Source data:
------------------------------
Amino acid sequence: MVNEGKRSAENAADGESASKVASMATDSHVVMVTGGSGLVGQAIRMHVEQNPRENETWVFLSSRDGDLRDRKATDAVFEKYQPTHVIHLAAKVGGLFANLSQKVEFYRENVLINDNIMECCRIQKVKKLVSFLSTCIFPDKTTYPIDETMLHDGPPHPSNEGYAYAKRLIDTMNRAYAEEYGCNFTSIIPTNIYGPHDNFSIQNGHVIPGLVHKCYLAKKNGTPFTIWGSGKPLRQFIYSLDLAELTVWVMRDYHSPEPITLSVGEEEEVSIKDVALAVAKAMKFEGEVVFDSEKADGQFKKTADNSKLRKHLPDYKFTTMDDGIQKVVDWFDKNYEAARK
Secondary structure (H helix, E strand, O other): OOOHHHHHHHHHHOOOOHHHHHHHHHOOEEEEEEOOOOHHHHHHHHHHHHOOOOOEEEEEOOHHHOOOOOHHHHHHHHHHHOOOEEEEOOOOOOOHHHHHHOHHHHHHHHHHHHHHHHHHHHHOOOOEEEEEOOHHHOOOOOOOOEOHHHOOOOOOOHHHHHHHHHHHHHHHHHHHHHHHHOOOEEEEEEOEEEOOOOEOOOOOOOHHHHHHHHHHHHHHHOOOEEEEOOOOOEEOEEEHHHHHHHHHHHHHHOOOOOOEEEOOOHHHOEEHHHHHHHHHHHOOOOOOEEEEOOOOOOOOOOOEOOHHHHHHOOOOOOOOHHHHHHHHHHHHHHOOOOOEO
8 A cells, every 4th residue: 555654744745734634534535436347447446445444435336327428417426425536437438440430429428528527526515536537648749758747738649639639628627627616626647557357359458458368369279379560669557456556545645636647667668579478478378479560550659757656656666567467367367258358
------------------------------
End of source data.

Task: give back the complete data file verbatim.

Amino acid sequence: MVNEGKRSAENAADGESASKVASMATDSHVVMVTGGSGLVGQAIRMHVEQNPRENETWVFLSSRDGDLRDRKATDAVFEKYQPTHVIHLAAKVGGLFANLSQKVEFYRENVLINDNIMECCRIQKVKKLVSFLSTCIFPDKTTYPIDETMLHDGPPHPSNEGYAYAKRLIDTMNRAYAEEYGCNFTSIIPTNIYGPHDNFSIQNGHVIPGLVHKCYLAKKNGTPFTIWGSGKPLRQFIYSLDLAELTVWVMRDYHSPEPITLSVGEEEEVSIKDVALAVAKAMKFEGEVVFDSEKADGQFKKTADNSKLRKHLPDYKFTTMDDGIQKVVDWFDKNYEAARK
Secondary structure (H helix, E strand, O other): OOOHHHHHHHHHHOOOOHHHHHHHHHOOEEEEEEOOOOHHHHHHHHHHHHOOOOOEEEEEOOHHHOOOOOHHHHHHHHHHHOOOEEEEOOOOOOOHHHHHHOHHHHHHHHHHHHHHHHHHHHHOOOOEEEEEOOHHHOOOOOOOOEOHHHOOOOOOOHHHHHHHHHHHHHHHHHHHHHHHHOOOEEEEEEOEEEOOOOEOOOOOOOHHHHHHHHHHHHHHHOOOEEEEOOOOOEEOEEEHHHHHHHHHHHHHHOOOOOOEEEOOOHHHOEEHHHHHHHHHHHOOOOOOEEEEOOOOOOOOOOOEOOHHHHHHOOOOOOOOHHHHHHHHHHHHHHOOOOOEO
8 A cells, every 4th residue: 555654744745734634534535436347447446445444435336327428417426425536437438440430429428528527526515536537648749758747738649639639628627627616626647557357359458458368369279379560669557456556545645636647667668579478478378479560550659757656656666567467367367258358